Germany to Cities: Go Nuts With the Diesel Bans, Starting Now

Steph Willems
by Steph Willems
germany to cities go nuts with the diesel bans starting now

It’s open season on compression ignition vehicles in the Fatherland. The birthplace of the diesel engine now says German cities can implement diesel driving bans whenever, and wherever, they want.

The Friday ruling by the country’s top court comes after a lawsuit against Germany and four other European Union member states by the EU, the result of higher-than-allowed air pollution levels in numerous urban areas.

“Thanks, dad,” the country’s auto industry must be thinking.

While this may seem like a heavy-handed, “ Euro Sausage” type approach to the affairs of European nations by the EU, smog-causing nitrogen oxide isn’t a pleasant gas, and diesel vehicles — older ones especially — are the main culprit.

Germany’s top automakers, each a longtime proponent of diesel technology, stand to lose money and customers as the public, fearful of planned or future bans in their own cities, flock to gas- or electric-powered offerings. Hamburg is expected to implement a diesel ban by the end of the month. Other large cities, like Stuttgart, Dusseldorf, and Munich, could soon follow.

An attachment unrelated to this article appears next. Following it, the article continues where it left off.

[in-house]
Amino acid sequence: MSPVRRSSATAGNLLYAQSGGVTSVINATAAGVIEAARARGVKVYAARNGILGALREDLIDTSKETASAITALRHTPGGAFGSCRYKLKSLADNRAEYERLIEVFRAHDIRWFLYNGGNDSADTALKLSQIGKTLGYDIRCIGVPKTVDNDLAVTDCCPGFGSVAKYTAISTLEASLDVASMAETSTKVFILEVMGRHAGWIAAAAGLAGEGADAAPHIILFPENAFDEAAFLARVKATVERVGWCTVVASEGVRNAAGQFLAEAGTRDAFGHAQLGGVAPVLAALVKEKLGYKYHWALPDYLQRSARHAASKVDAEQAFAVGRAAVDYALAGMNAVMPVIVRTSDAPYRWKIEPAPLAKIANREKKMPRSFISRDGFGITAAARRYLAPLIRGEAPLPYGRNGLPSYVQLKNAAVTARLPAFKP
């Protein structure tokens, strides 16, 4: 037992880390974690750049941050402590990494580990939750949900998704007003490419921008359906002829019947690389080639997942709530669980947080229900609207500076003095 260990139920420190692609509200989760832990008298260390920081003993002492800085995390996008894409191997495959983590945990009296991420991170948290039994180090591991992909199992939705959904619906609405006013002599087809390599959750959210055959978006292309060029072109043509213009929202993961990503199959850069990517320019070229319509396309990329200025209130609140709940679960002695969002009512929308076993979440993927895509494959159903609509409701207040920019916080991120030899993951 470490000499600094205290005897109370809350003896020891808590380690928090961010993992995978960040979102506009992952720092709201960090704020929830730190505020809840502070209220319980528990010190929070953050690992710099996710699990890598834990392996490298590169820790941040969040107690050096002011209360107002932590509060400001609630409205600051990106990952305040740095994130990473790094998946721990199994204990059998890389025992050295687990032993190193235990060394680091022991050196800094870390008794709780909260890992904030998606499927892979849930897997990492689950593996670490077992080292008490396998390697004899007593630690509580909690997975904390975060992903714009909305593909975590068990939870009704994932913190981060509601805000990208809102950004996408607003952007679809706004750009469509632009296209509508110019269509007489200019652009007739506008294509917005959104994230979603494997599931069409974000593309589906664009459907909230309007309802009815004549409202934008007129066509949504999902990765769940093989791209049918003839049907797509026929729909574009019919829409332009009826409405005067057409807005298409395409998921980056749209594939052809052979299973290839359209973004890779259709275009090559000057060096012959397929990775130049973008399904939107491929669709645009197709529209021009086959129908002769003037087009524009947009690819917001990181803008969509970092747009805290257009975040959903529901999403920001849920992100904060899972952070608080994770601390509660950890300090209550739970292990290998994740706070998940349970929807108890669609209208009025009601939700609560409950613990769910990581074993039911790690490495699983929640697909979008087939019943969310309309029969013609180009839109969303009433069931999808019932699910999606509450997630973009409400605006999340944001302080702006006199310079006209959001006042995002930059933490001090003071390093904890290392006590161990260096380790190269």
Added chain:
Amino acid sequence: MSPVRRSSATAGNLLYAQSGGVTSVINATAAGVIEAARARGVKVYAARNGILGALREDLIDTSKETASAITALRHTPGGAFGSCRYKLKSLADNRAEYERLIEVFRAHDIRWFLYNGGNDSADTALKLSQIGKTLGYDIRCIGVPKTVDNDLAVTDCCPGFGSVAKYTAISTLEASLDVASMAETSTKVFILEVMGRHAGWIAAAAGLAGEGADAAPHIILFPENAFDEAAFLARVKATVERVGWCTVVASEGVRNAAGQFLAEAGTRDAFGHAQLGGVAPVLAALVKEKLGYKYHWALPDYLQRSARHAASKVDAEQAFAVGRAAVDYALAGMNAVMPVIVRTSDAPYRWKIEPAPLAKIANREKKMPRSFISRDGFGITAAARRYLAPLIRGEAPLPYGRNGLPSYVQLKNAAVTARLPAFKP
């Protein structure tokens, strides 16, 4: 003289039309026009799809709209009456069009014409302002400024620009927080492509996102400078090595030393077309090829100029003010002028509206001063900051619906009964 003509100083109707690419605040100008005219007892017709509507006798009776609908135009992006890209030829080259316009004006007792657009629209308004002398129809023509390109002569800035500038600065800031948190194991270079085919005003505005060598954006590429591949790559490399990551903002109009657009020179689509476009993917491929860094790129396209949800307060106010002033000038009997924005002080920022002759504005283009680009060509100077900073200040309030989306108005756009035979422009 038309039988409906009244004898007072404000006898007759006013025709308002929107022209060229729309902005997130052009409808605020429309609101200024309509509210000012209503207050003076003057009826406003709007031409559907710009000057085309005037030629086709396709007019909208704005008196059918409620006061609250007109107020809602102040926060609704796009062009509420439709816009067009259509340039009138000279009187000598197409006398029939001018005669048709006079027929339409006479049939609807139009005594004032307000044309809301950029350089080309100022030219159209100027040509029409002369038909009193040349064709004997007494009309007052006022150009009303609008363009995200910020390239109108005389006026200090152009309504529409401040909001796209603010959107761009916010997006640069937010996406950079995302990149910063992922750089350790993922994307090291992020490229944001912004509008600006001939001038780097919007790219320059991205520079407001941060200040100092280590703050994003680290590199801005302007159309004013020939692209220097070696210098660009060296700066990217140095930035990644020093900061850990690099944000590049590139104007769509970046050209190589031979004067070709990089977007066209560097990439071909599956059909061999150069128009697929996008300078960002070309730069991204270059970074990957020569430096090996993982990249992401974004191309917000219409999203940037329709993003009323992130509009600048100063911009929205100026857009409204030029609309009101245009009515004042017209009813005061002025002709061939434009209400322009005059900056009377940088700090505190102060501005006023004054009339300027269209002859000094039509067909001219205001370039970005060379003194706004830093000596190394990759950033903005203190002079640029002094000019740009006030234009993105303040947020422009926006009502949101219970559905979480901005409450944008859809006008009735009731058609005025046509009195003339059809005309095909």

The ruling by the country’s administrative court in Leipzig states that cities can ban the use of diesel-powered cars and trucks on certain roadways, or sections of them, immediately. There’s no grace period. One caveat is that vehicles conforming to ultra-stringent Euro 6 emissions standards would still be allowed. This standard came into effect in 2015.

For broader areas of cities, local governments are allowed to implement a phased approach that allows the operation of vehicles meeting Euro 4 emissions standards (in effect from 2005 to 2009).

The ball really got rolling on diesel bans back in February, when Germany’s top court ruled that environmental groups could sue cities that aren’t taking proper action on enforcing European air pollution rules.

Once the court opened the door to driving bans, sales of diesel cars plunged roughly 25 percent in Germany in March (after sinking 19.5 percent in February and 17.6 percent in January). Incentives appeared on some diesel cars.

In the home country of Volkswagen Group, the automaker is currently in the midst of fixing the emissions software on 2.8 million vehicles. Mercedes-Benz and BMW could be forced to offer upgrades for vehicles with non-Euro 6 engines. According to Reuters, research firm Evercore ISI estimates the ruling could cost the country’s auto industry $17.1 billion.

[Image: ©2017 Murilee Martin/The Truth About Cars]

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  • JD-Shifty JD-Shifty on May 20, 2018

    wow, look at all the racists and trump base morons on this site

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    • Markf Markf on May 21, 2018

      @Big Al from Oz What groups are those pal? muslims? Not a race. MS-13? Not a race. So tell me again what race are "immigrants" and how is opposing them "racists"?

  • St.George St.George on May 21, 2018